Sarah Todd: Women in farming and their changing role

Abigal Morrell, the Harrogate schoolgirl who wrote to David Cameron about the plight of dairy farmers.
Abigal Morrell, the Harrogate schoolgirl who wrote to David Cameron about the plight of dairy farmers.
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FEMALE equality isn’t the sexiest of subjects. It makes me think of the shoulder-padded power suits of the 80s and the gimmick that was Labour’s all-women shortlists of prospective parliamentary candidates.

But such negative stereotypes need sweeping aside as Tuesday is International Women’s Day and the idea is for us to focus on the social, economic, cultural and political achievement of women.

It’s also about progress towards “gender parity”. Basically, closing the gaps – such as education and employment – between men and women.

There have been huge strides forward for women during this correspondent’s 25-plus years in journalism. There’s no doubt, looking back, that the first junior reporter job’s requirements were
little more than looking reasonably
pretty and being able to make a good cup of tea.

But enough of publishing, the industry – like seaside rock – stamped through my very being is farming.

There are diaries on the shelf behind me going back well over a century. There’s talk of breaking in cart horses, the Irish workers coming over to pick potatoes and acres of pages devoted to recording the weather.

They are all, incidentally, penned by the male heads of our family. Women are only mentioned in passing, such as “mother and I at church” and “the girls went into town”.

The fact that a career outside the industry of these ancestors beckoned is a good starting benchmark as to how much equality within farming has improved.

With an older brother, there was never any question of me working on the farm.

But nowadays, sisters and daughters are regularly taking the helm – look at the story this week about Abigail Morrell, the 11-year-old farmer’s daughter from Harrogate, who wrote to the Prime Minister about the state of the dairy industry because her ambition in life is to run a farm with her older brother who is studying agriculture at university. Good for her – and also for receiving such an encouraging response from David Cameron. More on milk prices later.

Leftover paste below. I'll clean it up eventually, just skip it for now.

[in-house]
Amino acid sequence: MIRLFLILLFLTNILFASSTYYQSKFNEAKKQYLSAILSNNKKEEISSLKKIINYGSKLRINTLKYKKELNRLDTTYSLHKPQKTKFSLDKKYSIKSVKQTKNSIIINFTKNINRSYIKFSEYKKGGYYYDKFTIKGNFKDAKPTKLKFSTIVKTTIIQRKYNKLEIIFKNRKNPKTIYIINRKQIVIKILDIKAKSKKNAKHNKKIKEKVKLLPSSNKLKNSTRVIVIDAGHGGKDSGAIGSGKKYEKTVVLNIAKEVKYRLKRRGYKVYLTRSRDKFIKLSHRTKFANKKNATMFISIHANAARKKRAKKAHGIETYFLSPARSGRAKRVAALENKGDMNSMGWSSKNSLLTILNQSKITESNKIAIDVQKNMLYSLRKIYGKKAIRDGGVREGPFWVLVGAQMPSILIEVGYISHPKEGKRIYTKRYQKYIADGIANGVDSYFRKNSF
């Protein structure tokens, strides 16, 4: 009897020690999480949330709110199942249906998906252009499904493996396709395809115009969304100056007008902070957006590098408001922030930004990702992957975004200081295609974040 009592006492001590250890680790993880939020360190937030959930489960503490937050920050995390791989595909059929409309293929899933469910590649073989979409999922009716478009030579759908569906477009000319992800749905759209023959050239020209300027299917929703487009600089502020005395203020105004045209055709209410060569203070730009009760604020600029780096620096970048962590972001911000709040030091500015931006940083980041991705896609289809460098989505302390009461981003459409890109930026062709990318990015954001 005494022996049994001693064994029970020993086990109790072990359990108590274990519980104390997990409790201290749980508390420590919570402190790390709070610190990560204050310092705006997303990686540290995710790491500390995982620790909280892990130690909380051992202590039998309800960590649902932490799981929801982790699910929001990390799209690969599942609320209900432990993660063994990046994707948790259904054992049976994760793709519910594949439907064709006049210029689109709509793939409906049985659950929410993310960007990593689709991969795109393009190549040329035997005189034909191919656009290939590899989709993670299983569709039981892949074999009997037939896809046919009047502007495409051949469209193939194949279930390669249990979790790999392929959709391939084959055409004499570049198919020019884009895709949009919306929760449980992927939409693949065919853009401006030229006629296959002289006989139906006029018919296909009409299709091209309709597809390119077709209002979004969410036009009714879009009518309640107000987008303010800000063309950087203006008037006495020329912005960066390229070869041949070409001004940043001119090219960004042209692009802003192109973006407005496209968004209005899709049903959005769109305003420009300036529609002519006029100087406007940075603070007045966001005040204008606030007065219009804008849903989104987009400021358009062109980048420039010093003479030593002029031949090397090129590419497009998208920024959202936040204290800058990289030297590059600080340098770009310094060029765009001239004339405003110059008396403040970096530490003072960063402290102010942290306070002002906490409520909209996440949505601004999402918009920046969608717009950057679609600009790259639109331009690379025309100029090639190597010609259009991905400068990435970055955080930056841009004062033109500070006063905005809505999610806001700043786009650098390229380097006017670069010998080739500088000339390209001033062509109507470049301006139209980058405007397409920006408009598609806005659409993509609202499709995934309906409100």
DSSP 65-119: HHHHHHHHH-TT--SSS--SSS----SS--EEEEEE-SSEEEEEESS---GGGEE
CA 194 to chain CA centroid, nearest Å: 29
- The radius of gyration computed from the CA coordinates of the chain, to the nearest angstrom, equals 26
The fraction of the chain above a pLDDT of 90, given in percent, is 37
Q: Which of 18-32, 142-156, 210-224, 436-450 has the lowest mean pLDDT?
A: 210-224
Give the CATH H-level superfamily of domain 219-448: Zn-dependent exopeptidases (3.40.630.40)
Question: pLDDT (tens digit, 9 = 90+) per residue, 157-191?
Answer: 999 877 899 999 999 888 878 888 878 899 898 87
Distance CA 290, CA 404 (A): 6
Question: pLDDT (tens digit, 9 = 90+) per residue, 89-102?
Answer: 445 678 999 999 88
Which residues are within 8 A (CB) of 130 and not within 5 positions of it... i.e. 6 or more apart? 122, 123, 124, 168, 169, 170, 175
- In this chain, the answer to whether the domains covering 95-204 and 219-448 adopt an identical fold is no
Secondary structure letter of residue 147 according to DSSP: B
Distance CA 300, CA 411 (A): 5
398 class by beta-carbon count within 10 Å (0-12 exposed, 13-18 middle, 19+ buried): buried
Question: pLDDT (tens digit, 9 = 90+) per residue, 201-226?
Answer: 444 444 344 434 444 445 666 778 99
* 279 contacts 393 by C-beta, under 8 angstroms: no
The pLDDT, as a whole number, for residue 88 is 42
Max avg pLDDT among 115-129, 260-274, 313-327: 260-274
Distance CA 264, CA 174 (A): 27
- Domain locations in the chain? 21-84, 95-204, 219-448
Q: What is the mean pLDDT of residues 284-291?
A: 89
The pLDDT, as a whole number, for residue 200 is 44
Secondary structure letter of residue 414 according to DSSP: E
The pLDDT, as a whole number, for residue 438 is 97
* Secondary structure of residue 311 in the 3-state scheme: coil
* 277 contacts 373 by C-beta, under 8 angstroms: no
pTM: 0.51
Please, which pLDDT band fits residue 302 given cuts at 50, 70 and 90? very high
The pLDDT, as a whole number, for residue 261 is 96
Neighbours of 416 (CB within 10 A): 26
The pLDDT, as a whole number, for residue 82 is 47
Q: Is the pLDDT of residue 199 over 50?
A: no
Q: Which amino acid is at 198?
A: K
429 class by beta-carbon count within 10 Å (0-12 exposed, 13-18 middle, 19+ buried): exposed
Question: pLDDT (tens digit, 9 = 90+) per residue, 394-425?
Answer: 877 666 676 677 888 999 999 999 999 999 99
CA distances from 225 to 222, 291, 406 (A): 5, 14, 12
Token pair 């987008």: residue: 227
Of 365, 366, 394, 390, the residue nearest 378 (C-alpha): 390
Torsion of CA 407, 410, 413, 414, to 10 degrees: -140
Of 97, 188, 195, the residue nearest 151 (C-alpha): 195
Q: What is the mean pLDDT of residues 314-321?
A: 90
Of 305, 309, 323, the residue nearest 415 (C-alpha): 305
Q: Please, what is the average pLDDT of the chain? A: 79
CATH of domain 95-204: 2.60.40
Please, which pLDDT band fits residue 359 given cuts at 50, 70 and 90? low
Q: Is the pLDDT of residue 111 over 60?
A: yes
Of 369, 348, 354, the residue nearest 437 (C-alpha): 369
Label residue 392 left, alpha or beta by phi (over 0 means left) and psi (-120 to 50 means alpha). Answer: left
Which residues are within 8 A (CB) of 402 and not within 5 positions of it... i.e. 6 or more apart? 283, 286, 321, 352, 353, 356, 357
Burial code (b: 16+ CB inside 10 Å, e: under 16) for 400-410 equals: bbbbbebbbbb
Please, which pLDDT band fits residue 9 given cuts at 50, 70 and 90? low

It always used to be thought that farming was too physical a job for women. But with advances in machinery – basically less shovel work and sack carrying – there are more females than ever before signing up to study at agricultural college.

As an aside, it would be wrong to pretend that farming isn’t still a hard, physical job. But just not quite as back-breaking as it once was in the days of digging ditches by hand.

Looking back at the life of my 97-year-old grandmother, a farmer’s daughter who married a farmer, her role was almost exclusively confined to the farmhouse.

There would be lads living in that needed breakfast and their washing doing. There would be other workers needing “drinkings”– taken out to the fields in the sort of enamel cans that yummy mummies now fawn over in shabby chic interior design shops.

Incidentally, it’s sad in my mind that family farms no longer have the same workforce.

Yes, mechanisation has transformed things – but it’s made modern farming quite an isolated job.

The aforementioned grandmother wasn’t involved in the farm in the way my own mother has been; running the gauntlet of ever-increasing record keeping to getting her wellies on
and helping with anything and
everything that needs doing out in the farmyard.

It has been women who have been behind many farm diversifications. Bed and breakfasts, holiday cottages, cheese and ice-cream making, farm shops, campsites and such-like.

Many starting off as nothing more than a little bit of pocket money but grew to become vital lifelines in the farm finances. In fact, it’s no exaggeration to say that these little enterprises that farmers’ wives set up have often proved to be the glue that has held family farms together.

Females in farming have often been quicker than their husbands and sons to stand up and campaign for the industry. Traditionally, farmers don’t like to make a fuss. They suffer in silence; hence the sad statistics of the suicide rate.

Two good examples are Women in Pigs and Ladies in Beef. Members can often be seen demonstrating recipes and answering questions about life on the farm and animal welfare.

During the current milk price scandal – the pittance being paid to dairy farmers compared to what the supermarkets are charging – it’s often been the women who have got the message across the best.

A recent survey by Farmers Weekly and Barclays Bank revealed how much the gender gap in farming has closed compared to a generation ago, with about two-thirds of women saying that they are treated “mostly” or “always” equally to men in terms of pay, benefits and daily work routines.

Reporting last year on a women in farming conference held at the Great Yorkshire Showground, it soon became plain that many women are the power behind the throne in agriculture.

Over the next decade or so, there can
be no doubting that this will be turned
on its head, with more girls moving up the ranks and taking over the actual throne.

Having said all this, they’ll doubtless still end up – like gran – doing the bulk of the work in the kitchen.

Some things will never change...

 Sarah Todd is a former editor of Yorkshire Life magazine. She is a farmer’s daughter, mother and journalist specialising in country life.